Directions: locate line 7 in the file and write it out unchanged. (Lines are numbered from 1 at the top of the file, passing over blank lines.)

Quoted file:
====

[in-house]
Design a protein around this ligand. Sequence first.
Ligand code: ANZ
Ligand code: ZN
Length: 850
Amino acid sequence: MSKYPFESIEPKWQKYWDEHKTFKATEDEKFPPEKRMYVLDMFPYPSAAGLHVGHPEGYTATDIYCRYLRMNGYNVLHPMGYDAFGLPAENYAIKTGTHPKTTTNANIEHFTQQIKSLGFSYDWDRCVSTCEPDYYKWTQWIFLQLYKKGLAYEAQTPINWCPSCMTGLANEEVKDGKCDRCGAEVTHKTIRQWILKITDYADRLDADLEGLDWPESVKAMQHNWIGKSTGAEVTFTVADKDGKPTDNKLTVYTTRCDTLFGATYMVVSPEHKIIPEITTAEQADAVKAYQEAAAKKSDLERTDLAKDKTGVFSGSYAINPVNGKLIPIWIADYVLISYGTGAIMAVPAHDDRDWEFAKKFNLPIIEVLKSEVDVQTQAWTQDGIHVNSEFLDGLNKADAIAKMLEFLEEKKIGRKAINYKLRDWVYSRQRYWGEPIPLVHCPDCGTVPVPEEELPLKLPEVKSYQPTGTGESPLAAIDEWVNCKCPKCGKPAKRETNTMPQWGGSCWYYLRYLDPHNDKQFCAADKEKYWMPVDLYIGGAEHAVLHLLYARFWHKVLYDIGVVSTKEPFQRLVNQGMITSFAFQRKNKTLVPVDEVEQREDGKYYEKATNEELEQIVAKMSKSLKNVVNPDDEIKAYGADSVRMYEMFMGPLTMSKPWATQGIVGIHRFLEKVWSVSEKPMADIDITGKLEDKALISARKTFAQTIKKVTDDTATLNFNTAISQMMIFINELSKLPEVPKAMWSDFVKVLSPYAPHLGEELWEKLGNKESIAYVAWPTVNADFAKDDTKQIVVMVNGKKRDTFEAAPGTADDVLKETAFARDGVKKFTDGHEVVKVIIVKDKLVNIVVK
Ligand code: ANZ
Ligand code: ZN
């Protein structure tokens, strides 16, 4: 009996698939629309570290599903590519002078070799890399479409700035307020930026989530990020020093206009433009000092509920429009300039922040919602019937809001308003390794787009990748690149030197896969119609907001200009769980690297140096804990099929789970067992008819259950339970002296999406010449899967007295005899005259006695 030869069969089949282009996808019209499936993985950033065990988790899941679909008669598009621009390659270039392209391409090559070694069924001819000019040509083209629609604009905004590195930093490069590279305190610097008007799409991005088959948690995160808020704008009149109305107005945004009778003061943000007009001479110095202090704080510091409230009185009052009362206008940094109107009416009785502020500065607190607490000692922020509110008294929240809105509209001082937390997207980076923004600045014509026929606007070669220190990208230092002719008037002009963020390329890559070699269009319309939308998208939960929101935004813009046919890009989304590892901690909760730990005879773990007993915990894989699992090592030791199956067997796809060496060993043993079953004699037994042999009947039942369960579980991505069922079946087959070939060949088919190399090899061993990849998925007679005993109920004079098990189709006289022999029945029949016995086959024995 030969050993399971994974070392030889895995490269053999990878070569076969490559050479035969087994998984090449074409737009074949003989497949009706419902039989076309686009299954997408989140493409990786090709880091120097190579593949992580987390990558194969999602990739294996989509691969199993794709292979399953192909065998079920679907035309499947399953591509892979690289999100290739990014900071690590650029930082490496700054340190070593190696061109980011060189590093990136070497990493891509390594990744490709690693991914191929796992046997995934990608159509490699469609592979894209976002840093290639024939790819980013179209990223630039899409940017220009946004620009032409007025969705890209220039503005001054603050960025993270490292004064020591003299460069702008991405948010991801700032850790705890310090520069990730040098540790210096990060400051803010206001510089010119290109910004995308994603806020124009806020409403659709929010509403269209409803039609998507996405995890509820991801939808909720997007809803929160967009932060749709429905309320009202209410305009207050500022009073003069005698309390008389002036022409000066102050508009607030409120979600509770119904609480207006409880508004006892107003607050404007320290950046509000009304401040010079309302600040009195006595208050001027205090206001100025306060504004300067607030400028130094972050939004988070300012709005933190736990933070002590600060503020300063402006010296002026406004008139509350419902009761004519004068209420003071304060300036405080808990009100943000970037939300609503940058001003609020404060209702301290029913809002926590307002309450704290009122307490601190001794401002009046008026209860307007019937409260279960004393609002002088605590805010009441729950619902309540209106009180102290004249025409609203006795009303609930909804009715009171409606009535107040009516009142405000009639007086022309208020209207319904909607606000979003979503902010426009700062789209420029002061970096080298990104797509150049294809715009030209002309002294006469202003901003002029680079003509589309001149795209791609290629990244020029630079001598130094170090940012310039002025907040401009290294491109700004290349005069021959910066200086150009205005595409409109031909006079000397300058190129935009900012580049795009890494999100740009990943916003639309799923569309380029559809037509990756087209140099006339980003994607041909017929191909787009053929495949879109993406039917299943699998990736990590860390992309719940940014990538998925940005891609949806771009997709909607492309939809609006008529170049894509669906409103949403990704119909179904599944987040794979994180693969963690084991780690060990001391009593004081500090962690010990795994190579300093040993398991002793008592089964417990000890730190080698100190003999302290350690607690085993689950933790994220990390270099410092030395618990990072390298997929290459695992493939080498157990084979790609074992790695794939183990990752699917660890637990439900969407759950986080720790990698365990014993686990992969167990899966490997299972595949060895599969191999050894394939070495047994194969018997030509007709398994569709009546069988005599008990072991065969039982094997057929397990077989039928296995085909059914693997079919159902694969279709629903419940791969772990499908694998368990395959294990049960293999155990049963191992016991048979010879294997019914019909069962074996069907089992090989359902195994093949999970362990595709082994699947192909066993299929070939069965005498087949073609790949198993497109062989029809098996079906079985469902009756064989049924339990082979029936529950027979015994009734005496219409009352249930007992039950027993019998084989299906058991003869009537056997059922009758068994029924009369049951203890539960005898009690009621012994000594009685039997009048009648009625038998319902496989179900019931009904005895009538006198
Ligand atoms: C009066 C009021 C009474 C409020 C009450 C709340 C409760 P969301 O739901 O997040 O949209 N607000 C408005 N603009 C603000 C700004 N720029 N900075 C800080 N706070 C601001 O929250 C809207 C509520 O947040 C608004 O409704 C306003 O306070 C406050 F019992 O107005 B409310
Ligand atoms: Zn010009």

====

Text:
Ligand code: ANZ